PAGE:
The music itself might be compared to an exotic garden. Short, lush orchestral passages, with coloristic elements reminiscent of Debussy or Strauss, announce a mood and are repeated several times as the soloists sing recitative-like lines that hover over the orchestra like butterflies above exotic flowers. For lyrical solos and duets, the orchestra provides more transparent support, reminiscent of Puccini. The vocal writing is generous, allowing the voices to soar in verismo ecstasy, although never quite providing a memorable melody. During the instrumental interludes that bridge the scenes, more disjointed, dissonant sonorities suggest the unknown dangers lying beyond the ship’s deck. Catán’s music provides the non-specific support of a film score.
The fine cast featured several Spanish-speaking Latino-American singers. Gabriella Reyes brought a fresh soprano and effervescent presence to the role of Rosalba, a young journalist and fan who hopes to interview the diva. Mario Chang, playing Arcadio, the Captain’s rebellious nephew, had youthful tenor energy, gleaming high notes, and especially nice chemistry with Rosalba, even while resisting his attraction to her. Michael Chioldi and Nancy Fabiola Herrera were well cast as the squabbling older couple, and they sang quite beautifully, sounding younger than their characters. In his Met debut, Italian baritone Mattia Olivieri cut a fine figure as Riolobo — narrator, deckhand, priest, shaman. He’s a talented rising Verdi baritone to watch. Jumping in for the ailing Greer Grimsley, David Pittsinger was a steady presence as the captain whose insights nudged his passengers to discover their better selves.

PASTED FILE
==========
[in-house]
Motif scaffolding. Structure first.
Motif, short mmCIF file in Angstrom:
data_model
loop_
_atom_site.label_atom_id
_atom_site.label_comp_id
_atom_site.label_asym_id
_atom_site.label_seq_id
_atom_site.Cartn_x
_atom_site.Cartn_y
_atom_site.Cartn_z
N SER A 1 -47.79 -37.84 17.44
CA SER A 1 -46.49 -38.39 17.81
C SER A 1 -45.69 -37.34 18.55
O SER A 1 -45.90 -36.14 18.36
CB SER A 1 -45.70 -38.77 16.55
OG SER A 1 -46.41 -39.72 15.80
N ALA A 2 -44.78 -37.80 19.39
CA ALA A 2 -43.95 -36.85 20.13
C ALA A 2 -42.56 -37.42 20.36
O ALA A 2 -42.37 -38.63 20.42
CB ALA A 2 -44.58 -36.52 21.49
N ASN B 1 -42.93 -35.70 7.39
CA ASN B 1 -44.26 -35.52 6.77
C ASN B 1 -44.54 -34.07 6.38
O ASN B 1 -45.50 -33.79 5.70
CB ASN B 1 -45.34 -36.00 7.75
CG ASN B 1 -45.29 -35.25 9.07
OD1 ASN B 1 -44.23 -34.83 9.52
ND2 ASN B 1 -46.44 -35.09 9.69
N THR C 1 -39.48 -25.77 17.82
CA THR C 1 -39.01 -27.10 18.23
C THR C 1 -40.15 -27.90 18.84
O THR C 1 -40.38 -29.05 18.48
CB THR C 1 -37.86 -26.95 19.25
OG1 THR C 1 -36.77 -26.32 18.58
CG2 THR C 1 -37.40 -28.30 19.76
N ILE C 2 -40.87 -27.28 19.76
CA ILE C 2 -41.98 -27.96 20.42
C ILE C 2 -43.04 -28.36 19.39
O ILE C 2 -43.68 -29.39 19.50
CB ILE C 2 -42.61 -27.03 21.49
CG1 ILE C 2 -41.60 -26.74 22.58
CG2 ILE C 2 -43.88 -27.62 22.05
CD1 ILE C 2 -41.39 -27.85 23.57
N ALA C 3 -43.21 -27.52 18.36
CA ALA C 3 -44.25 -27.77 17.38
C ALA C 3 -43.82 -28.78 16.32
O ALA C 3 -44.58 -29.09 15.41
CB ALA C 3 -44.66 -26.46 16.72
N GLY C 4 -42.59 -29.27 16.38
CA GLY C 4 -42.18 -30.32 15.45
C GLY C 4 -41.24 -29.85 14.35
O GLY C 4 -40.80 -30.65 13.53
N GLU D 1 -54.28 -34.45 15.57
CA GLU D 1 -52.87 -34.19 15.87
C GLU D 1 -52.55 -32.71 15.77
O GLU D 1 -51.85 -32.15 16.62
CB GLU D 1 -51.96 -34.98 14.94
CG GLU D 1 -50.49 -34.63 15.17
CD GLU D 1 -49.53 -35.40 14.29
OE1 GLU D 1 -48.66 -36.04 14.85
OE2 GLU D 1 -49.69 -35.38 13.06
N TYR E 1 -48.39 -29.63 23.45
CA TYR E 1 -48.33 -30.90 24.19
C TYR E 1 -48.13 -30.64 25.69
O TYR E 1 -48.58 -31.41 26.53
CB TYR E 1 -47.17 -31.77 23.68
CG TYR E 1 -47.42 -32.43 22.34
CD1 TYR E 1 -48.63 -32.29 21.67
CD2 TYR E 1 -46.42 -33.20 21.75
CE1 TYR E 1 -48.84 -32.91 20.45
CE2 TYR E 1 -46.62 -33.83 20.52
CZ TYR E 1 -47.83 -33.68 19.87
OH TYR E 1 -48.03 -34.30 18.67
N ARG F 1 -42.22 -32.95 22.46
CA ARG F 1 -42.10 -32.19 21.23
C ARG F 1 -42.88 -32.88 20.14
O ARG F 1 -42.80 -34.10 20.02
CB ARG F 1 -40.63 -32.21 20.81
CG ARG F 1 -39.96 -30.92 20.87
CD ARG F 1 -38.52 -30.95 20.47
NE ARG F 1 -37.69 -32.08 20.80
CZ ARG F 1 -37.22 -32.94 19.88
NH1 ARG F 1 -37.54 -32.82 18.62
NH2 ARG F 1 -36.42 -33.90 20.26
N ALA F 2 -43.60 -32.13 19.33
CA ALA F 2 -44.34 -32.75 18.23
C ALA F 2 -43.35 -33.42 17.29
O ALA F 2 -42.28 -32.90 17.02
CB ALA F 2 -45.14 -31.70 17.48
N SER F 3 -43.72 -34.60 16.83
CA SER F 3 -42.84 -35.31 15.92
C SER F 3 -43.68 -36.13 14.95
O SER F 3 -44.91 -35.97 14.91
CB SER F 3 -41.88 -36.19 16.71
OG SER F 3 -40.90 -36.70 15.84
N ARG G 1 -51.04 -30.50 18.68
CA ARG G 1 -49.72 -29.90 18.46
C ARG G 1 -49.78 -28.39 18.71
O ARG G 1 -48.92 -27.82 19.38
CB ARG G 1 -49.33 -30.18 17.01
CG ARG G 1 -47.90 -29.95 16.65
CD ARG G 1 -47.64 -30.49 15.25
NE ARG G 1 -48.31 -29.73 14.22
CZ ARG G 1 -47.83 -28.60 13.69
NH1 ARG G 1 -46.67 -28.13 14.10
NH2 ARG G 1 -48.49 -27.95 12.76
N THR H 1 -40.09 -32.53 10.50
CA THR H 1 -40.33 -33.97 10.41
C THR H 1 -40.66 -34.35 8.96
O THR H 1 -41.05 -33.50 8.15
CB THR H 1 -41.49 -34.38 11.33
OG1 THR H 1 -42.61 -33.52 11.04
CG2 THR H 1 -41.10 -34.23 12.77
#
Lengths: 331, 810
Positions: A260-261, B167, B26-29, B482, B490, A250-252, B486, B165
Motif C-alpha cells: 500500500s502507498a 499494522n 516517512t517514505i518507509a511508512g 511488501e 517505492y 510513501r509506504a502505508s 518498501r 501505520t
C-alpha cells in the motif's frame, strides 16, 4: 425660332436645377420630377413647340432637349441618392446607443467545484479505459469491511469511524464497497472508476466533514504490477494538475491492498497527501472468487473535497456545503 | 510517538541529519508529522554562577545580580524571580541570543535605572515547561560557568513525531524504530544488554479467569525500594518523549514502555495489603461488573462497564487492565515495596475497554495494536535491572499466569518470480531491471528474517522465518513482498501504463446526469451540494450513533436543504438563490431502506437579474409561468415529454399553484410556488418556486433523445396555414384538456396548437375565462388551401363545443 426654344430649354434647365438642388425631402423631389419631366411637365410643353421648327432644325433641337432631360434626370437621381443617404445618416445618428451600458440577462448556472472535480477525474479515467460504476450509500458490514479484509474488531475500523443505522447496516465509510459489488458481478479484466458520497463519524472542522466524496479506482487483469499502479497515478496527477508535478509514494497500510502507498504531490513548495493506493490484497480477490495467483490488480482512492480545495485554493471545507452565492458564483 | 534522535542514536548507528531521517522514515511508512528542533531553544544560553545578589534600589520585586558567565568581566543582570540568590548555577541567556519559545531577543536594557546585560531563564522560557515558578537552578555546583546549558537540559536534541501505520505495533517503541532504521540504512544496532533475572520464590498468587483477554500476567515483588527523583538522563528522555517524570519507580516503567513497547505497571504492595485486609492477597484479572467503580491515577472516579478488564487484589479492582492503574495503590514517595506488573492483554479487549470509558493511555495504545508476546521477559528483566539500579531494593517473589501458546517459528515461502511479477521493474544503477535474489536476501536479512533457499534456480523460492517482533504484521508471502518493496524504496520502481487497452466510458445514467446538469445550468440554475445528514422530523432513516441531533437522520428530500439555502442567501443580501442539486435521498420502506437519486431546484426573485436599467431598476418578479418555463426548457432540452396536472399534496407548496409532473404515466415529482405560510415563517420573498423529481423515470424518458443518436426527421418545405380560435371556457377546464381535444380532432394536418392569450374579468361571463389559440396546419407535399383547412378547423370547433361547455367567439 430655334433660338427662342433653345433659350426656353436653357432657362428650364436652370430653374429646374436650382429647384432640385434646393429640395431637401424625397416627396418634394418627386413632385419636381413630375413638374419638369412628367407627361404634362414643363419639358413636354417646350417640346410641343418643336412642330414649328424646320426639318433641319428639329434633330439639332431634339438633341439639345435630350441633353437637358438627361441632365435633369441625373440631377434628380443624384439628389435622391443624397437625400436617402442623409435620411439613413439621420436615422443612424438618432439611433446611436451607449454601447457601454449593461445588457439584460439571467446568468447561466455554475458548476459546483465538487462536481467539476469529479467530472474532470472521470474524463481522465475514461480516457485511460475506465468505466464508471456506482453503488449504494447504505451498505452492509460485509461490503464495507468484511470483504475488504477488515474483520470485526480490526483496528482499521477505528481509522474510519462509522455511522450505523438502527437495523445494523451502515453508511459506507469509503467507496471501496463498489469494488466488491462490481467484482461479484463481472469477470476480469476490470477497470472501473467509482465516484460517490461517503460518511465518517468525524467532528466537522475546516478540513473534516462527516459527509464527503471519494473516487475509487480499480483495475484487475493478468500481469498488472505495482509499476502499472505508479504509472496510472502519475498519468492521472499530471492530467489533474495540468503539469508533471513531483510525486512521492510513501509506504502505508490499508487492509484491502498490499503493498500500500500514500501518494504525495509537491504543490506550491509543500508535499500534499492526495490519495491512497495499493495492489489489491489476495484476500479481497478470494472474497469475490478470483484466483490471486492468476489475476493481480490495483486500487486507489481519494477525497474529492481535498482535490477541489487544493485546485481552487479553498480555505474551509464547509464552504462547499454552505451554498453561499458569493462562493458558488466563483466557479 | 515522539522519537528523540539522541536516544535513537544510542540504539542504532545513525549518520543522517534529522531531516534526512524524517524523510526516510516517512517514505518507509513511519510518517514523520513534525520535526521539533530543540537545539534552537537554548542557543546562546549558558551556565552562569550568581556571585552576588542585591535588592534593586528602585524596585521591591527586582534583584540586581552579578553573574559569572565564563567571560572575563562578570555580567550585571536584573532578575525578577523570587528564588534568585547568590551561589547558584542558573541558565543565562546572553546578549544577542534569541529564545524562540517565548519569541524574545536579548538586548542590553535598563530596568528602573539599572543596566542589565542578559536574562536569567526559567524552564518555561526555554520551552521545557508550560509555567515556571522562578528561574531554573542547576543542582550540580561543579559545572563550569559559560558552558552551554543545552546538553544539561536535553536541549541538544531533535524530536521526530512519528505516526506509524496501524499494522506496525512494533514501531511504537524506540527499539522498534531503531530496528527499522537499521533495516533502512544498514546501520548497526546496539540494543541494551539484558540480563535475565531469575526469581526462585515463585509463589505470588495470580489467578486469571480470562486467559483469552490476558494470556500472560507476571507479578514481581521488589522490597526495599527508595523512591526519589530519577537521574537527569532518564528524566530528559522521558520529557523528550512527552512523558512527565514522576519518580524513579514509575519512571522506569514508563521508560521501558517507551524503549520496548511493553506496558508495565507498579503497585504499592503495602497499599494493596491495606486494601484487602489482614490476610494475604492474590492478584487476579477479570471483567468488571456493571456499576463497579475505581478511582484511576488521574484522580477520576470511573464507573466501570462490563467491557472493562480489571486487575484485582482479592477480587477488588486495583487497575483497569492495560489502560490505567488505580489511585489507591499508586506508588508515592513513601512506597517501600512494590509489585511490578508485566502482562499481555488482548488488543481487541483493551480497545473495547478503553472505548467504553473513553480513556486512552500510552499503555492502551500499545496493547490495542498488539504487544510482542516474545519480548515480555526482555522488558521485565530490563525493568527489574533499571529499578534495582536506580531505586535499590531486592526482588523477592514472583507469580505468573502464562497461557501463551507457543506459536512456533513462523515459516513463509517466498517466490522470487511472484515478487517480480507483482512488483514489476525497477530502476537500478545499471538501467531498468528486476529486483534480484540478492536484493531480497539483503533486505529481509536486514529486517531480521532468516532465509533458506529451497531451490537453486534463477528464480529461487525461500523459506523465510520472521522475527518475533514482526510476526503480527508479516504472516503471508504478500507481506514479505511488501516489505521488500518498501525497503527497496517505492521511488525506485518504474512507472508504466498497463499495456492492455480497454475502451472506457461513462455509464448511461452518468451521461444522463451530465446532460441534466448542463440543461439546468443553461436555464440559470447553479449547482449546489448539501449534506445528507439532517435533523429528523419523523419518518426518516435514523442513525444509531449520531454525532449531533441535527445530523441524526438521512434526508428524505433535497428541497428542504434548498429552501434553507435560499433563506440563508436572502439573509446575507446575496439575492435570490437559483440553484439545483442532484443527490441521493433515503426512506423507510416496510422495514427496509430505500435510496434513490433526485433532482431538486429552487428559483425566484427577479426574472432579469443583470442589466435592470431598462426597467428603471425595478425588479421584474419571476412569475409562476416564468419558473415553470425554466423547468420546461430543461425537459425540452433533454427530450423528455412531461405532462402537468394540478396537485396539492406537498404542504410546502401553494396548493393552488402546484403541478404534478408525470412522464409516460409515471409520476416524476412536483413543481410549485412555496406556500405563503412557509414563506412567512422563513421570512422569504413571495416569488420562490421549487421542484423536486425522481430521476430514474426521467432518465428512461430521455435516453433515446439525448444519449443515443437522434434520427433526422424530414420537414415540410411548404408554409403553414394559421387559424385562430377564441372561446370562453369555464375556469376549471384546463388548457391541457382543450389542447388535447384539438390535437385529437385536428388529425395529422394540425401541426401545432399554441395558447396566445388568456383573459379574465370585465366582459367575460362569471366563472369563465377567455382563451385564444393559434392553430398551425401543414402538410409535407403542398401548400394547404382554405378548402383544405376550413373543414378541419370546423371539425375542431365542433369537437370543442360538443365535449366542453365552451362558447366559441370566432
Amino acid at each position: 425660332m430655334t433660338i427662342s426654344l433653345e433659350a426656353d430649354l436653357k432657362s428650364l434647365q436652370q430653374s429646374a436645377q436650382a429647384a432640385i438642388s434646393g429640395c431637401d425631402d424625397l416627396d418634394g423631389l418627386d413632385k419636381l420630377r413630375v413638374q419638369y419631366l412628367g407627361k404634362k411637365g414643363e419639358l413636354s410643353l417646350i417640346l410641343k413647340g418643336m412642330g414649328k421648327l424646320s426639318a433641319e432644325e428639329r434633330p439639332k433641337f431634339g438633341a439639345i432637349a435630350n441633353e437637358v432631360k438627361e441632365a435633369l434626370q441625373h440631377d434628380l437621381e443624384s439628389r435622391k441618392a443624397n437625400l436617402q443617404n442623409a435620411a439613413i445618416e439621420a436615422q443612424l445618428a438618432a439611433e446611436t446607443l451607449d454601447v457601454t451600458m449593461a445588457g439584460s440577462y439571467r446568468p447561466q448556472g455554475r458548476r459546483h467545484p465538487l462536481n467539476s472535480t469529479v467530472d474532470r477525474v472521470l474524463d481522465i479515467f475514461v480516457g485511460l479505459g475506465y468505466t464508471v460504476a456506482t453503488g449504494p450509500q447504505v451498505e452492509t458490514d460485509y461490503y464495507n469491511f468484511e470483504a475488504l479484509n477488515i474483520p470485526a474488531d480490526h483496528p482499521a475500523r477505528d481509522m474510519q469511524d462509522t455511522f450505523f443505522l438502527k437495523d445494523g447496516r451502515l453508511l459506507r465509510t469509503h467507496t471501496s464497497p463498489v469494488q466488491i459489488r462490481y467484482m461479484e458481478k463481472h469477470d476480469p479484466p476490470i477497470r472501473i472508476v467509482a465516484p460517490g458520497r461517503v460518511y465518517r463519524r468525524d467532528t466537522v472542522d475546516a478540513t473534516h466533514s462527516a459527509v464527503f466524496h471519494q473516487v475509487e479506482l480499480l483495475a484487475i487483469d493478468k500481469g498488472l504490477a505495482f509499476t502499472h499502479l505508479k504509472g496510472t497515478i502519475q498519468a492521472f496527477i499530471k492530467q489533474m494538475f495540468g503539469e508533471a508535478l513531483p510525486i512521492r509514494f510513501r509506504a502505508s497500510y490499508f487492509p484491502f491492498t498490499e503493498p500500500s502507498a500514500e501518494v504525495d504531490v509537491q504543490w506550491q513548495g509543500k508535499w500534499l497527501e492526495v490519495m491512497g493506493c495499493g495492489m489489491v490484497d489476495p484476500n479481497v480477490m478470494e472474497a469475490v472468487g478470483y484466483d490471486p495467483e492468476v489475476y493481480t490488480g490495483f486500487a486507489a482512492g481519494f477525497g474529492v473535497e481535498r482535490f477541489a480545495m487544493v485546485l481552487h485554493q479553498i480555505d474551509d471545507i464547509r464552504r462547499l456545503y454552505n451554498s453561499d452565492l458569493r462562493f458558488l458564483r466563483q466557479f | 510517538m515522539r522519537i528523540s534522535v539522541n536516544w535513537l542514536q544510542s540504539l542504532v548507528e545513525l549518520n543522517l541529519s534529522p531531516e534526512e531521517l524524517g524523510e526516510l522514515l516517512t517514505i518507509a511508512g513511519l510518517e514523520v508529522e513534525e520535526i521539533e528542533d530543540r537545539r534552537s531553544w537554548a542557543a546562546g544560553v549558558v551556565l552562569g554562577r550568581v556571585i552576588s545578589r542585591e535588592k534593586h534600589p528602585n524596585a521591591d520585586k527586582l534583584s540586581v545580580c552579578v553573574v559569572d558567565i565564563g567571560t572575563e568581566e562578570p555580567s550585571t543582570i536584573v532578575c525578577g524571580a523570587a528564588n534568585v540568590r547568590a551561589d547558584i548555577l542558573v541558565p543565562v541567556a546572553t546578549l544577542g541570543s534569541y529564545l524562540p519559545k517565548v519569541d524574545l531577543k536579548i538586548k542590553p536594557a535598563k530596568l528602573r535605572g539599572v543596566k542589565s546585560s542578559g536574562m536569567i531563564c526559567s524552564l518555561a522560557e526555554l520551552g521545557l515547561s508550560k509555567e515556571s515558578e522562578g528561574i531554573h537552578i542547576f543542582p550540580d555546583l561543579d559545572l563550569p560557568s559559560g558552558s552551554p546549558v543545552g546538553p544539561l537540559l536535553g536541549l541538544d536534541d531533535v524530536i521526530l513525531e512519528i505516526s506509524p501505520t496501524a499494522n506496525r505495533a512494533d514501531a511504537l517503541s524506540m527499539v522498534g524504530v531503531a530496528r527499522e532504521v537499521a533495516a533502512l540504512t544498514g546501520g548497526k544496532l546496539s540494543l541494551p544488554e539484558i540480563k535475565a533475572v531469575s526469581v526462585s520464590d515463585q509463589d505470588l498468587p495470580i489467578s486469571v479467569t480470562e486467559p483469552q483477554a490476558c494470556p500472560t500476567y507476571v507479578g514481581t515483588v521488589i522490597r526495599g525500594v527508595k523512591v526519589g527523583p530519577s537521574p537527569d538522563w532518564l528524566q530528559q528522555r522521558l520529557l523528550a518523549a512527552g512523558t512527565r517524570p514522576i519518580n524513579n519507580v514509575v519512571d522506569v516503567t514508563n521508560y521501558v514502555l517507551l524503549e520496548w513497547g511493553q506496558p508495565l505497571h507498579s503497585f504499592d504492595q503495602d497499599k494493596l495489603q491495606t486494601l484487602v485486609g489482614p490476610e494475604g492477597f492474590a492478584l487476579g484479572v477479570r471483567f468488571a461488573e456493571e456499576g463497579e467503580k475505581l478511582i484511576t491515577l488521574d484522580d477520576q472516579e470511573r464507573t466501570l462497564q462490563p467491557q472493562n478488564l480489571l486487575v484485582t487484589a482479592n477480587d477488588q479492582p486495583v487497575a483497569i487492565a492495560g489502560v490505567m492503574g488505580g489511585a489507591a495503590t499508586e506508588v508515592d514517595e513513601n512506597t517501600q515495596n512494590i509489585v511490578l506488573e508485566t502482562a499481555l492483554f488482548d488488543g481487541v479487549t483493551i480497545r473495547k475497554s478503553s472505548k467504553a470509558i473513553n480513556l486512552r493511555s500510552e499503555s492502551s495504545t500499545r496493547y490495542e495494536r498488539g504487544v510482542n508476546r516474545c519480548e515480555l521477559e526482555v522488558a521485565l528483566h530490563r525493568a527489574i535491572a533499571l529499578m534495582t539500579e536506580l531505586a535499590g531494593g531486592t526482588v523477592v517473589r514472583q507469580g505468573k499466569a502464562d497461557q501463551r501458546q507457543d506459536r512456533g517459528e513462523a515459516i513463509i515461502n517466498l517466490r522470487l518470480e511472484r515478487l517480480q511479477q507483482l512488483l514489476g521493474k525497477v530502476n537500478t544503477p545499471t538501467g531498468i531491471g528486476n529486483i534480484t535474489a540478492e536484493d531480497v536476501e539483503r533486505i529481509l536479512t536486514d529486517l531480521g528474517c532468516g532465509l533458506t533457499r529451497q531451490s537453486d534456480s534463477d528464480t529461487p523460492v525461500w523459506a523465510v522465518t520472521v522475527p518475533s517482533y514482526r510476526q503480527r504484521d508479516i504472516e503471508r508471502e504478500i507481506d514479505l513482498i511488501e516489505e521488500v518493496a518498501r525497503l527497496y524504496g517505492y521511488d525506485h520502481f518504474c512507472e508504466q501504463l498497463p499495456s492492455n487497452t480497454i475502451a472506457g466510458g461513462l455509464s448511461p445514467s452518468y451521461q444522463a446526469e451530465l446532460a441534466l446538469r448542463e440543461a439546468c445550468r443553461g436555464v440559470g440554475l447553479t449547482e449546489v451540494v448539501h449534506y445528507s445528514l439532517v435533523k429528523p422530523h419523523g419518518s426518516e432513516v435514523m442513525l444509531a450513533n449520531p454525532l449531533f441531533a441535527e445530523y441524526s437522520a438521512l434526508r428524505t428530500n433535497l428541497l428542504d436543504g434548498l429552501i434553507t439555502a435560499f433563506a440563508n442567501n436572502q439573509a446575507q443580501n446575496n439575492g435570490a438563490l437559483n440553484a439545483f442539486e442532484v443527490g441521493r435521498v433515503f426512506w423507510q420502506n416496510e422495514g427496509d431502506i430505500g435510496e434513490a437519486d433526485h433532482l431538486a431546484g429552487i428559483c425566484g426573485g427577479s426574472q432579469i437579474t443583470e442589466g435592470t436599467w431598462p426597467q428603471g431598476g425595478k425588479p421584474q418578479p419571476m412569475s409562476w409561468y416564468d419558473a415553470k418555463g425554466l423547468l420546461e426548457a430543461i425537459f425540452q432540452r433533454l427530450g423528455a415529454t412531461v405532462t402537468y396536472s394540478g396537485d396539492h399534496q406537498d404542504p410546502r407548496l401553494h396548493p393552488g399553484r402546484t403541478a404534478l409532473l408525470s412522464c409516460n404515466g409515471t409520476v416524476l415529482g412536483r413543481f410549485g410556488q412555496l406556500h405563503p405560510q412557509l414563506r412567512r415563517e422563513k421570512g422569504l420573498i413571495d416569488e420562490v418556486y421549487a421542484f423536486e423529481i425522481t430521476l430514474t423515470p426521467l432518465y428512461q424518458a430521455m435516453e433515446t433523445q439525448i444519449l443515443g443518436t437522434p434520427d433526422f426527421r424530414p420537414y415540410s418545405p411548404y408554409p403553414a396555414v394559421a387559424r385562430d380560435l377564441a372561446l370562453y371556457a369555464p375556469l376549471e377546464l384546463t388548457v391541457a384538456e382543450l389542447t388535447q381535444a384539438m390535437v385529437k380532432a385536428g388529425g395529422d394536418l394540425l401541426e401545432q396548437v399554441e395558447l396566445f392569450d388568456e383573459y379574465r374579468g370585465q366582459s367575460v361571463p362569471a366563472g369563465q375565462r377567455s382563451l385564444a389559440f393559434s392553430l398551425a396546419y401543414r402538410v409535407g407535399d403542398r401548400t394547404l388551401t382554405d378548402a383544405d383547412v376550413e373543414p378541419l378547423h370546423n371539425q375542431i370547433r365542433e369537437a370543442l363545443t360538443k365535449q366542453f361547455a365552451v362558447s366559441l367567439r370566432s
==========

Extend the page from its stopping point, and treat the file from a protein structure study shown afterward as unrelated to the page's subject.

As Florencia Grimaldi, Ailyn Pérez embodied the reclusive diva with great charm and presence. Her lyric soprano is a bit light for the orchestration, but her lovely voice has focus and luster, and her vulnerability drew a listener in. Pérez communicated the diva’s unusual quality of receptive stillness as well as her passion.
Met music director Yannick Nézet-Séguin brought out the score’s exquisite colors, although sometimes at the expense of the singers’ audibility.
With its seductive musical language and romantic story line, Florencia stands squarely outside the mainstream of contemporary opera. In productions across the country and around the world, the work has proved its popularity with audiences. I call it one of opera’s guilty pleasures, like La Rondine and Fedora, especially in a production as gorgeous and well cast as this one.
Florencia en el Amazonas continues through Dec. 14. For tickets, go here.